Storm Lake area teen cancer survivor walks with new technology at BVRMC

Amber Chrischilles | June 18th, 2024

After surviving a brain tumor, 17-year-old Alex Kron from Schaller, Iowa, is walking with newfound stability thanks to a cutting-edge device recommended by her physical therapist at Buena Vista Regional Medical Center.

At just 12-years-old, Alex was diagnosed with a brain tumor and underwent a year and a half of chemotherapy and radiation treatments. Today, she is in remission.

Despite beating cancer, her treatments caused her to struggle with severe mobility issues, resulting in unsteadiness on her feet. This inhibited her capability to live life to the fullest, affecting her ability to move around the school hallways, wear shoes of her choice and play volleyball.

Grace Weiland, a physical therapist at Buena Vista Regional Medical Center, suggested that Alex try the Bioness L300 Go®, an electrical stimulation device that improves mobility and gait.

The L300 Go uses functional electrical stimulation (FES) to help correct foot drop and thigh weakness in people coping with the effects of stroke, multiple sclerosis, and other medical conditions. The device detects gait irregularities and then deploys FES to the weakened or paralyzed limb so users can lift their feet properly when they walk. This technology can enhance walking speed, balance, and overall confidence in movement.

When being fitted for the L300 Go, it was the first time her parents saw her lift her toes when walking. The initial breakthrough was an emotional moment, moving her father to tears.

Within a few months, Alex no longer needs to rely on a walker to get around. “It doesn’t hurt anymore and I feel like I have my balance,” says Alex Kron.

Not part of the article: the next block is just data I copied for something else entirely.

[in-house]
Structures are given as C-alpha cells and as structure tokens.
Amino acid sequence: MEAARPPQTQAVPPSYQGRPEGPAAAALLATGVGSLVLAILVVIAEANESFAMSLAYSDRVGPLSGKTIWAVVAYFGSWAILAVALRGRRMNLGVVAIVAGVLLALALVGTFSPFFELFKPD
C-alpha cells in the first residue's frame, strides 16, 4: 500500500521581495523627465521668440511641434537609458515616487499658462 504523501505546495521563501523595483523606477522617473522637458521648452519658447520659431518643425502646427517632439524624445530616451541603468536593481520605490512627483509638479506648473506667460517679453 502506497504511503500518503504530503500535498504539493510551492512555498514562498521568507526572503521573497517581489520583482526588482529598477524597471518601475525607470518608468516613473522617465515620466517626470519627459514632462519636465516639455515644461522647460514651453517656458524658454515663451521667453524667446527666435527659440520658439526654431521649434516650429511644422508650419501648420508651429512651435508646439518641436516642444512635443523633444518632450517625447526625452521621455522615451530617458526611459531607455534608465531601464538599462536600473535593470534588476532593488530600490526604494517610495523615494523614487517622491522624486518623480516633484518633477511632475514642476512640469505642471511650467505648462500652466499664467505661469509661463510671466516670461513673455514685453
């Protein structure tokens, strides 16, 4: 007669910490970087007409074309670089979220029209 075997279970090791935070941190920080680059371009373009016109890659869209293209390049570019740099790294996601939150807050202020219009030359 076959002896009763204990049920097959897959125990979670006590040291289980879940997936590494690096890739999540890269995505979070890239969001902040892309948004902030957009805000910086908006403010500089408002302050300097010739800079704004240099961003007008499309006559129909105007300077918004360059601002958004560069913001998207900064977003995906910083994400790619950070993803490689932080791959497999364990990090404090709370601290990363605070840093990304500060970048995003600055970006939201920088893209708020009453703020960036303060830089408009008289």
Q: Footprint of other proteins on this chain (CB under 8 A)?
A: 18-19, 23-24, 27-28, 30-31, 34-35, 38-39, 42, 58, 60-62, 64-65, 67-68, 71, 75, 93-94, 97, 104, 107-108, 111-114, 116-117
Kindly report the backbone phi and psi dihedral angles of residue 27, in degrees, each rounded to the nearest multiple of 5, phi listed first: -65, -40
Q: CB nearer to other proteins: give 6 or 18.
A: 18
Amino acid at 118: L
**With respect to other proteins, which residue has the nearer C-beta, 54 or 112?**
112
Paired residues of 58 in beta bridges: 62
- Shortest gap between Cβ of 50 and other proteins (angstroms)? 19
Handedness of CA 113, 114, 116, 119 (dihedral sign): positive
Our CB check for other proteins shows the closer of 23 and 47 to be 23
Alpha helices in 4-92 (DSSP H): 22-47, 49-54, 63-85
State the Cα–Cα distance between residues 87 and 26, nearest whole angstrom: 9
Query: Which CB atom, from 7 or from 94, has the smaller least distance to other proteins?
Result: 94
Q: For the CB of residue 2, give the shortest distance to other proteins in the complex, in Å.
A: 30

From being unable to walk through the school hallways comfortably or confidently out of fear of being bumped and losing her balance, Alex has since been able to go to prom in cute shoes and walk the promenade.

“Now, she is walking rather quickly without a walker, can carry her backpack and can use stairs,” says Weiland. “I’m not worried about her balance, and she can start working on running and sports.”

Alex looks to take her next steps in life by attending Buena Vista University in the fall where she will study pre-med in hopes to one day treat childhood cancer, a passion that was inspired by her oncologists.

BVRMC Rehab Therapist helps patient with a walking exercise up stairs with the Bioness L300 Go® device

About Bioness, a Bioventus Rehab Company

Bioness is the leading provider of innovative technologies helping people regain mobility and independence. Bioness solutions include external neuromodulation systems, robotic systems, and software-based therapy programs providing functional and therapeutic benefits for individuals affected by pain, central nervous system disorders, and orthopedic injuries. Currently, Bioness offers six medical devices within its commercial portfolio which are distributed and sold on five continents and in over 25 countries worldwide. Our technologies have been implemented in the most prestigious and well-respected institutions around the globe with approximately 90% of the top rehabilitation hospitals in the United States currently using one or more Bioness solutions. Bioness has a singular focus on aiding large, underserved customer groups with innovative, evidence-based solutions and we will continue to develop and make commercially available new products that address the growing and changing needs of our customers. Individual results vary. Consult with a qualified physician to determine if this product is right for you. Contraindications, adverse reactions and precautions are available online at

About L300 Go® System

The L300 Go system uses functional electrical stimulation (FES) to help correct foot drop and thigh weakness in people coping with the effects of stroke, multiple sclerosis, and other medical conditions. The L300 Go is the world’s first FES system that integrates proprietary 3D motion detection. Through an adaptive, learning algorithm, the system detects gait events, providing stimulation precisely when needed making it easier to clear their foot at varying walking speeds, on stairs, ramps, and while navigating uneven territory.